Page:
CFP Music Politic Society The Role of Analysis (Analitica no. 10, 2017)
The journal Analitica is dedicating the Papers section of Volume 10 (2017) to music analysis as a practice grounded in political and pragmatic choices which establish connections between music and its ideological and social contexts. The complete text of the CFP can be found at the Analitica website.
Scholars and musicians are invited to submit their proposals for a short paper (no more than 5,000 words) in Italian or in English. Anyone interested is invited to register with the Analitica website (www.gatm.it/analiticaojs) and to propose to the editors an abstract of their contribution (1,500 characters plus a brief biographical profile of 600 characters) by 15th August 2017.
Complete papers will be due for publishing by 30th October 2017. The editors will be responsible for the initial selection of the contributions and for reviewing the texts for online publication. For further information on the publishing and editorial process, prospective authors should refer to the pages on the Analitica website regarding the focus and scope of the journal and the guidelines for authors.
Music, Politics, Society: The Role of Analysis – Analitica call for papers – No. 10 (2017)
The debate around the scope and purposes of musicology as a social practice has recently led to a new awareness of the ideological and political implications related to the practices of music analysis [Broman-Engebretsen 2007; Buch-Donin-Feneyrou 2013], and to the historicization of the contrasting approaches introduced by the New Musicology in the last two decades of the twentieth century [Agawu 2004, MacCutcheon 2014]. At the same time the progressive convergence of the methodologies employed in different fields of music research – from art music to traditional music, from popular music to music in audiovisual communication, from the use of sound in new media to non-musical sound cultures – has clearly revealed the close relationship between the various practices of music analysis and their different epistemological foundations, the latter resting also on specific political and cultural choices [van den Toorn 1996; Scherzinger 2001; Schuijer 2008, Campos-Donin 2009; Guilbault 2014; Earle 2015].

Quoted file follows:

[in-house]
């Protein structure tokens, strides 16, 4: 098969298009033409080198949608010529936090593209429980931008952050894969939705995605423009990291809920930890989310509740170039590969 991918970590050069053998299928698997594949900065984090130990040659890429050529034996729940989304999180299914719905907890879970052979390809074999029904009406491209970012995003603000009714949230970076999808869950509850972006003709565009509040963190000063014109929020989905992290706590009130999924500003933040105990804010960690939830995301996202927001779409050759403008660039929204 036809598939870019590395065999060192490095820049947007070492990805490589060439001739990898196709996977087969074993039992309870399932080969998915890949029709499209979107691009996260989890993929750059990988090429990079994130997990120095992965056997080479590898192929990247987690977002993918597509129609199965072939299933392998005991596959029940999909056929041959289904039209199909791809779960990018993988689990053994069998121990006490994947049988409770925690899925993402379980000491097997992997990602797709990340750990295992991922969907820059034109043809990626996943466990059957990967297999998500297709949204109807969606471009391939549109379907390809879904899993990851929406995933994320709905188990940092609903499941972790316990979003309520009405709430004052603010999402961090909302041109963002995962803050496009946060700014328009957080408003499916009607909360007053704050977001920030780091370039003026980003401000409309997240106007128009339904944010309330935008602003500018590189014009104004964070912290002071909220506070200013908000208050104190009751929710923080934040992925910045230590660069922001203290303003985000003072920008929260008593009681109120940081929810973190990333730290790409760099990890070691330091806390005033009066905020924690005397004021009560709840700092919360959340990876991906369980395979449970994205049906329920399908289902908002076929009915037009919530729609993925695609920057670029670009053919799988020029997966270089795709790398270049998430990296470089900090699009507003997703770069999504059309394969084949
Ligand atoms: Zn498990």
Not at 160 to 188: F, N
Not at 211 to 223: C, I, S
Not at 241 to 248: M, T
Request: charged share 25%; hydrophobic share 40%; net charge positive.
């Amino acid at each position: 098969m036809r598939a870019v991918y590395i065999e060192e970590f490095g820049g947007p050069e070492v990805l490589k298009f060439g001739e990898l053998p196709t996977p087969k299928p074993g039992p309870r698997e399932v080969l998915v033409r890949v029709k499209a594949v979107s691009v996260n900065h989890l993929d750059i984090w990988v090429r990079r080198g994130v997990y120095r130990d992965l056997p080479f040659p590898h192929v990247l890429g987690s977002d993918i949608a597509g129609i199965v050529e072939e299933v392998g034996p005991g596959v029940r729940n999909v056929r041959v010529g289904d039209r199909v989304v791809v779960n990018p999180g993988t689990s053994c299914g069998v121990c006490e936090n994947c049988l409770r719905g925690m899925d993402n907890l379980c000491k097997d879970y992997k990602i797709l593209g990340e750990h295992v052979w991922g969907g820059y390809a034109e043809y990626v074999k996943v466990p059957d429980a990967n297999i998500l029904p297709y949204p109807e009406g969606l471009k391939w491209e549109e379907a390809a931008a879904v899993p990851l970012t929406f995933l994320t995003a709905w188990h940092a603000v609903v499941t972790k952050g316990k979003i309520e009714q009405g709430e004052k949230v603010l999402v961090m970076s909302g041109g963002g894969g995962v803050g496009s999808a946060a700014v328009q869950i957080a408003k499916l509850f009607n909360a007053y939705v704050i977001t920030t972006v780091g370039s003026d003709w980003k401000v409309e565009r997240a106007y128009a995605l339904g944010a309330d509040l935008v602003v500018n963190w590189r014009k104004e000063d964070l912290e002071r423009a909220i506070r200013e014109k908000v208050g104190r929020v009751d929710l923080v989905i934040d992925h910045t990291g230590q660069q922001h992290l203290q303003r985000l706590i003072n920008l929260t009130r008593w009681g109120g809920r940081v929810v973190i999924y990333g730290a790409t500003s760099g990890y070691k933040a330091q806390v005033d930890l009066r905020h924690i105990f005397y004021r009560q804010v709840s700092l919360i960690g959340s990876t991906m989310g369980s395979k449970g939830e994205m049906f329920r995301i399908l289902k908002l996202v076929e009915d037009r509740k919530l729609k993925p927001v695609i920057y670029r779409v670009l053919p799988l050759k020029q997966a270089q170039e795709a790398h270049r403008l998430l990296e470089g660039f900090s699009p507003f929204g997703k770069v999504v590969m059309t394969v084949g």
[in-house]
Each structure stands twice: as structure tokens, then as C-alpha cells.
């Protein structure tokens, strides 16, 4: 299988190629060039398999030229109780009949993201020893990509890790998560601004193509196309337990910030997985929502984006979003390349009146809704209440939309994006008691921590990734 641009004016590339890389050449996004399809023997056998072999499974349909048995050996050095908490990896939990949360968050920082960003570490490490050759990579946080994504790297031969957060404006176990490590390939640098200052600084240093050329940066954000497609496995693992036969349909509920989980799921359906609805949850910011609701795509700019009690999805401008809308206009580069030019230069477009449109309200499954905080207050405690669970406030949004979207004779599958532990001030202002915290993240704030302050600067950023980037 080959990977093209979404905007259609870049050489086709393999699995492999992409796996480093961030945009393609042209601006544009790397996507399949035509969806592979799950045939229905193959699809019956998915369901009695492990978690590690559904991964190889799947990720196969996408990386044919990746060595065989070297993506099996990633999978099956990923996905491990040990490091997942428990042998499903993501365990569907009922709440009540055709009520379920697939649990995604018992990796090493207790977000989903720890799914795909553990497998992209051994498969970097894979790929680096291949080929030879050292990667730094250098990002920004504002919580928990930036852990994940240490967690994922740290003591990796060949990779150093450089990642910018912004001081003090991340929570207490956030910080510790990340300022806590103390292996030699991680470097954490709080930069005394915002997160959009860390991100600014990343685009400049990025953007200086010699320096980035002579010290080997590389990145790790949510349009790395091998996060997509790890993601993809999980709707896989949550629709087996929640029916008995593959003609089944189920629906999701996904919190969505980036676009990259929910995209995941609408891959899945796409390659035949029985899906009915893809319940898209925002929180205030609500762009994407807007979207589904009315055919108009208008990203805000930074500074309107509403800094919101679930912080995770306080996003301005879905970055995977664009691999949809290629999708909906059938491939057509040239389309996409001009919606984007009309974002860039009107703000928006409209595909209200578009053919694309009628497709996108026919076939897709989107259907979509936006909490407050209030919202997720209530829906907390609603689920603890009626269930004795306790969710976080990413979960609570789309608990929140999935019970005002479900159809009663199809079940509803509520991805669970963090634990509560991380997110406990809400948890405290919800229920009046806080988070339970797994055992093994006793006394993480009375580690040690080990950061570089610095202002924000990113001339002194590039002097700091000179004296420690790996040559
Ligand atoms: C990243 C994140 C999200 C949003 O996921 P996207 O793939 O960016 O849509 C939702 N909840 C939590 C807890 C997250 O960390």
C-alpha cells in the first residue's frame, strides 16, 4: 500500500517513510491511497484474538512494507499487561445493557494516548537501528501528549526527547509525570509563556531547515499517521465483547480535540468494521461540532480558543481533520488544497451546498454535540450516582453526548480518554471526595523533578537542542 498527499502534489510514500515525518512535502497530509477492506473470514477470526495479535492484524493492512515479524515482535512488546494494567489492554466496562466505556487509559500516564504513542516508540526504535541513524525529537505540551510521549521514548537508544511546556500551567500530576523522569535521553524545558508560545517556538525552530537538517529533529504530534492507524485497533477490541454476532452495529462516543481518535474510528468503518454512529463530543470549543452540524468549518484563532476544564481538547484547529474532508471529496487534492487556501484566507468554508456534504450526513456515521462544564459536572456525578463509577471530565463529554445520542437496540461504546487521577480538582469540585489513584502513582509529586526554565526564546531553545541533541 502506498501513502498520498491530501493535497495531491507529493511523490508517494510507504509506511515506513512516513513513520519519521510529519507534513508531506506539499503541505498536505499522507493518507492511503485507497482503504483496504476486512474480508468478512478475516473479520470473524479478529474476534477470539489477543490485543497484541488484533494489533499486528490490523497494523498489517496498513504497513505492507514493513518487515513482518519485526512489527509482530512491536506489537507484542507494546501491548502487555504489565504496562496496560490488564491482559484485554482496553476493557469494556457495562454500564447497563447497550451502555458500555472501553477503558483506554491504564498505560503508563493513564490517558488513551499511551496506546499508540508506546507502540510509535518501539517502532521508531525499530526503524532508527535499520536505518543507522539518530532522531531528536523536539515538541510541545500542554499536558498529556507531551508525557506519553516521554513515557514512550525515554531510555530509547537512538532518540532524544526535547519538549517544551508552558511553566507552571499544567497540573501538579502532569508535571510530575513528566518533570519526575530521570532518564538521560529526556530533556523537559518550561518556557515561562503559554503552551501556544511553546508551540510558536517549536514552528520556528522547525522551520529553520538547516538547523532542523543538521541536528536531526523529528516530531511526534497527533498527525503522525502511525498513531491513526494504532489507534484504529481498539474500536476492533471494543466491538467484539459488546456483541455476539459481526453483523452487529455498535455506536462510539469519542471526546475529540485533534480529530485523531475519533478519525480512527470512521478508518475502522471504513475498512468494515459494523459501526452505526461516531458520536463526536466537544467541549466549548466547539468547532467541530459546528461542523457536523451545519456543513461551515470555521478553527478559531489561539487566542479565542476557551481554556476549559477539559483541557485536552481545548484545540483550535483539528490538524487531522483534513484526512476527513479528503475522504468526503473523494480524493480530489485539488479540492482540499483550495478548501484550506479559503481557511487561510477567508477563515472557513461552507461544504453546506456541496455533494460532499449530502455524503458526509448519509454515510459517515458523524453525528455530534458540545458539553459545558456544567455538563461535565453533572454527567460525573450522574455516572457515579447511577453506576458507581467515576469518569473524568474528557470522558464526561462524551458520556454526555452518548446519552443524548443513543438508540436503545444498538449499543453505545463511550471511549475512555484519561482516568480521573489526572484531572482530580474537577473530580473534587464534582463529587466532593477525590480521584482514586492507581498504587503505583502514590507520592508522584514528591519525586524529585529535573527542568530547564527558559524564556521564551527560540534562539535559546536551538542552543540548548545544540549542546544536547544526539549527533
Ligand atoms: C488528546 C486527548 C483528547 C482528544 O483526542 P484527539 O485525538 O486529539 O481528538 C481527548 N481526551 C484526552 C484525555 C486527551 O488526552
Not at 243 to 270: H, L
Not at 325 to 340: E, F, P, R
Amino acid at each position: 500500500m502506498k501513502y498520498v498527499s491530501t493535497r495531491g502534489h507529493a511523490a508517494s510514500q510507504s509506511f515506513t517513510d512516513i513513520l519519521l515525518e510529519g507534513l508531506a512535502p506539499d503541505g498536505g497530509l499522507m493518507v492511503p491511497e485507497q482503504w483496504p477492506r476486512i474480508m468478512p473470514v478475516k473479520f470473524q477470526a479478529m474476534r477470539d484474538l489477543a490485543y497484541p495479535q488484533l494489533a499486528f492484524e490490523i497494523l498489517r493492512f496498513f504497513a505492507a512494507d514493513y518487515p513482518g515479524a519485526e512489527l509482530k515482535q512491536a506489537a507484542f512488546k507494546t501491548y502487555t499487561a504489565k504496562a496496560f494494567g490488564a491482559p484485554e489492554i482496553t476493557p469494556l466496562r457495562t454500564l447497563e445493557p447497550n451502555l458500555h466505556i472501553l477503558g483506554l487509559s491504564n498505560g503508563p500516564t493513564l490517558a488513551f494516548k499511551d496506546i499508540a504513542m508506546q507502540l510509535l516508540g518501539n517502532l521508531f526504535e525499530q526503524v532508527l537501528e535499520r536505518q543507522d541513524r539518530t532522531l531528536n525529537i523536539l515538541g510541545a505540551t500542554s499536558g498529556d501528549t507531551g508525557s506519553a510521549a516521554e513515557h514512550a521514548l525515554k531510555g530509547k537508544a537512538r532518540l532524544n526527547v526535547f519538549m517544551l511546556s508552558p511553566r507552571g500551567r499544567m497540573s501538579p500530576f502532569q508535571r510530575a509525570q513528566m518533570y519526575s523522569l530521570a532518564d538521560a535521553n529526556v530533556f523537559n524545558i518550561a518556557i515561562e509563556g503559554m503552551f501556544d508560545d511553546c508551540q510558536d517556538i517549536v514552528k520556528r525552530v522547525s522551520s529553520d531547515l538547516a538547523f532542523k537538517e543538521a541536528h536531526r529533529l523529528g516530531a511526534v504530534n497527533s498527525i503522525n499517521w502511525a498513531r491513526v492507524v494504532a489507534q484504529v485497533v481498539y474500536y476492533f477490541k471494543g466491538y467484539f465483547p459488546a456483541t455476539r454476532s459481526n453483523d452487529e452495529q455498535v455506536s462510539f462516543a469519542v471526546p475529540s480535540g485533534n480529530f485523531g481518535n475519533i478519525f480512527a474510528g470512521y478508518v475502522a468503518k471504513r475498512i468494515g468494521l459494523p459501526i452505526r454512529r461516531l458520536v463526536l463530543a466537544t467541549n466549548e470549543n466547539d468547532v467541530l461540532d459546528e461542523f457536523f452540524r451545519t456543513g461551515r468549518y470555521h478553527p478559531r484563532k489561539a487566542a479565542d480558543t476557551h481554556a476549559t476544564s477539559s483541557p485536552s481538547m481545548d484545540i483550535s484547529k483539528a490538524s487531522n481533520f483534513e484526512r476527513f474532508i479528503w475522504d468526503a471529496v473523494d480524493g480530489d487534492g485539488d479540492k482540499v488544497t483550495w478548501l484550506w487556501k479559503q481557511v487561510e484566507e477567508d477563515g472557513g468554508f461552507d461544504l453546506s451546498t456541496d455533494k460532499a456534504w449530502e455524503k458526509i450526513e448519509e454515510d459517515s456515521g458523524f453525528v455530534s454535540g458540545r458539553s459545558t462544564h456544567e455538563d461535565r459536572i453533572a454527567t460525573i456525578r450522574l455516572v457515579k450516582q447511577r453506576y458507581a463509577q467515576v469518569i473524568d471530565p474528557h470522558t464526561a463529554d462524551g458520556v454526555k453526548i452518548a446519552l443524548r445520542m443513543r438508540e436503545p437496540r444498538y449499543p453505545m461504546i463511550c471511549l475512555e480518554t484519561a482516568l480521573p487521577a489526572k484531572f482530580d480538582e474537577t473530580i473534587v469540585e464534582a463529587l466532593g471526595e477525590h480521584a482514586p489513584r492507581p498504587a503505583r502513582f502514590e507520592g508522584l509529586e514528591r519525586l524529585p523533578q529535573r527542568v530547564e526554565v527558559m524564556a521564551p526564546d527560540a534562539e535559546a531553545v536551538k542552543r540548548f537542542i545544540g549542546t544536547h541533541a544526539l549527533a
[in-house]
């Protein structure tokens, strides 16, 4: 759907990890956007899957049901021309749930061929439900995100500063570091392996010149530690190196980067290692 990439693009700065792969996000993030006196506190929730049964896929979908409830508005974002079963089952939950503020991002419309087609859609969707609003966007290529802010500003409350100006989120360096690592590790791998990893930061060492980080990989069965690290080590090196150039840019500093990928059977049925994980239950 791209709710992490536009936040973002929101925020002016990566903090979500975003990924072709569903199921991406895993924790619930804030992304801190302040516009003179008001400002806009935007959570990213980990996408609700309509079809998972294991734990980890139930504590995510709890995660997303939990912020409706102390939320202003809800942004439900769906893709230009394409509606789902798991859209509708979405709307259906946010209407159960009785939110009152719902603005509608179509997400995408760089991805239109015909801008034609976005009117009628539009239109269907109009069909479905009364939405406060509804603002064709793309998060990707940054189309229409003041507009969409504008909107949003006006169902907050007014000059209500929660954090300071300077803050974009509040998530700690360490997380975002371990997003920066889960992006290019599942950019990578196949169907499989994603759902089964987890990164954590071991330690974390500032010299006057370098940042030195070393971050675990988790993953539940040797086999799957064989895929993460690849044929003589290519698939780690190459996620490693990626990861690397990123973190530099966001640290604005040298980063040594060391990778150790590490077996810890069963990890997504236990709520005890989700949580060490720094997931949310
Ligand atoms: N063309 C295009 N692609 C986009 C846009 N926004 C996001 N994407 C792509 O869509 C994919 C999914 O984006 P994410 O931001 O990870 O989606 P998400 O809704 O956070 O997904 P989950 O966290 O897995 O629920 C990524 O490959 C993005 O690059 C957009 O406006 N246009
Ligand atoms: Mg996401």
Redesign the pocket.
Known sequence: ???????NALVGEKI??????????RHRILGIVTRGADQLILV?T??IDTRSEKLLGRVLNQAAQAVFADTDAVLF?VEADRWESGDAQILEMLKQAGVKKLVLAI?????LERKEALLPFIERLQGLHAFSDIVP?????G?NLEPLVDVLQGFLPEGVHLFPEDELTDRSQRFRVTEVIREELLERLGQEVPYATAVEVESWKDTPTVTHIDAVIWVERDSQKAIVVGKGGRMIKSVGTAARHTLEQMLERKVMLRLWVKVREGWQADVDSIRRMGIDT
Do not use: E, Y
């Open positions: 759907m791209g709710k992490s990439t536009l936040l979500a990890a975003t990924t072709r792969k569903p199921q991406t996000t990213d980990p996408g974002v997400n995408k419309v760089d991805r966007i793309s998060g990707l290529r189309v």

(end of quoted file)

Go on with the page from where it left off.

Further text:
As a result of such trends, music analysis is increasingly conscious both of its social role and of the political dimension that orients its practice. The limits of the approaches based on organicism and graphocentrism, as witnessed by the history of music analysis since the rise of Musikwissenschaft in Europe and by the subsequent reception and implementation of European analytical methods in the United States, have become increasingly evident. This is not to deny the value of the theoretical assumptions inherent in these methodologies, but rather to provide an opportunity to reflect on their epistemological status. Such reflections have led to the introduction of analytical concepts directed not only towards the musical “objects” themselves, but which take account of the musical experience as a whole and its inevitable construction as a social and political act.
In the light of these considerations Analitica is dedicating the Papers section of Volume 10 (2017) to music analysis as a practice grounded in political and pragmatic choices which establish connections between music and its ideological and social contexts.
The proposals should focus primarily, but not exclusively, on four possible areas:
the history of music analysis in particular periods and geographical contexts in parallel with social, cultural and political events;
the close examination of the policies regarding the inclusion of music analysis in education, as implemented by different institutions and, in particular, by those responsible for musicological curricula in music schools and academic departments. Included in this area is the question of the didactics of music analysis as an important aspect of the teaching of music theory and practice;
the role of music analysis as a vehicle for achieving a greater understanding of cultural objects as a manifestation of the relationship between the environment and the artistic community that produces them;
the analysis of works and musical practices as a starting point for an epistemological discussion of analytical methodologies in terms of their social, ideological and political implications.